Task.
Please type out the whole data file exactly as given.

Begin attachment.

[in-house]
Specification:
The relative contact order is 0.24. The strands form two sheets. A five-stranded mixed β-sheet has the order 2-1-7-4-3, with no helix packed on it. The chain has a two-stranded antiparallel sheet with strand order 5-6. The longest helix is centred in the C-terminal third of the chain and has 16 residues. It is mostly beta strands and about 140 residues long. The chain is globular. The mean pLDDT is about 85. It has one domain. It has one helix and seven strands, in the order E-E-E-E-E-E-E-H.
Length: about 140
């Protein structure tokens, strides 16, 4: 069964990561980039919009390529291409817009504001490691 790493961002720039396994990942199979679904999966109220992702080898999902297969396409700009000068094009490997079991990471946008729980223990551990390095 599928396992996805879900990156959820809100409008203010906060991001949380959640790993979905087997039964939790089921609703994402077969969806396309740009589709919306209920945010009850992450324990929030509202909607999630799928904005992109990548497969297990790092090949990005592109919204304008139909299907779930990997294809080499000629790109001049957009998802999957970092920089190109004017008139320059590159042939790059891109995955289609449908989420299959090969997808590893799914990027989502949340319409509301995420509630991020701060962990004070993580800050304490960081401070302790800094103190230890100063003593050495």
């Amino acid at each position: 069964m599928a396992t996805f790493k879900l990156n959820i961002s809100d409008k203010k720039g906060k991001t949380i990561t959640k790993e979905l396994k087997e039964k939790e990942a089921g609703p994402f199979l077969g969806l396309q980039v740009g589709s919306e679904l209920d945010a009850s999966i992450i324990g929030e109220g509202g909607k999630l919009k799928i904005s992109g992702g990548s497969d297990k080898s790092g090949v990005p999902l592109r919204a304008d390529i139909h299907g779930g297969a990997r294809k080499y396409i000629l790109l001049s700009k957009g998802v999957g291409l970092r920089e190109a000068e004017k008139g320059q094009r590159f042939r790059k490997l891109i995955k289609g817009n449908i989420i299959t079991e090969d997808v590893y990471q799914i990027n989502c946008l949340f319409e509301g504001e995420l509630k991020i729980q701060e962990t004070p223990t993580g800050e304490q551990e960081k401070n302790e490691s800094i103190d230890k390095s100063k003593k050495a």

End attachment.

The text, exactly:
[in-house]
Specification:
The relative contact order is 0.24. The strands form two sheets. A five-stranded mixed β-sheet has the order 2-1-7-4-3, with no helix packed on it. The chain has a two-stranded antiparallel sheet with strand order 5-6. The longest helix is centred in the C-terminal third of the chain and has 16 residues. It is mostly beta strands and about 140 residues long. The chain is globular. The mean pLDDT is about 85. It has one domain. It has one helix and seven strands, in the order E-E-E-E-E-E-E-H.
Length: about 140
């Protein structure tokens, strides 16, 4: 069964990561980039919009390529291409817009504001490691 790493961002720039396994990942199979679904999966109220992702080898999902297969396409700009000068094009490997079991990471946008729980223990551990390095 599928396992996805879900990156959820809100409008203010906060991001949380959640790993979905087997039964939790089921609703994402077969969806396309740009589709919306209920945010009850992450324990929030509202909607999630799928904005992109990548497969297990790092090949990005592109919204304008139909299907779930990997294809080499000629790109001049957009998802999957970092920089190109004017008139320059590159042939790059891109995955289609449908989420299959090969997808590893799914990027989502949340319409509301995420509630991020701060962990004070993580800050304490960081401070302790800094103190230890100063003593050495």
């Amino acid at each position: 069964m599928a396992t996805f790493k879900l990156n959820i961002s809100d409008k203010k720039g906060k991001t949380i990561t959640k790993e979905l396994k087997e039964k939790e990942a089921g609703p994402f199979l077969g969806l396309q980039v740009g589709s919306e679904l209920d945010a009850s999966i992450i324990g929030e109220g509202g909607k999630l919009k799928i904005s992109g992702g990548s497969d297990k080898s790092g090949v990005p999902l592109r919204a304008d390529i139909h299907g779930g297969a990997r294809k080499y396409i000629l790109l001049s700009k957009g998802v999957g291409l970092r920089e190109a000068e004017k008139g320059q094009r590159f042939r790059k490997l891109i995955k289609g817009n449908i989420i299959t079991e090969d997808v590893y990471q799914i990027n989502c946008l949340f319409e509301g504001e995420l509630k991020i729980q701060e962990t004070p223990t993580g800050e304490q551990e960081k401070n302790e490691s800094i103190d230890k390095s100063k003593k050495a």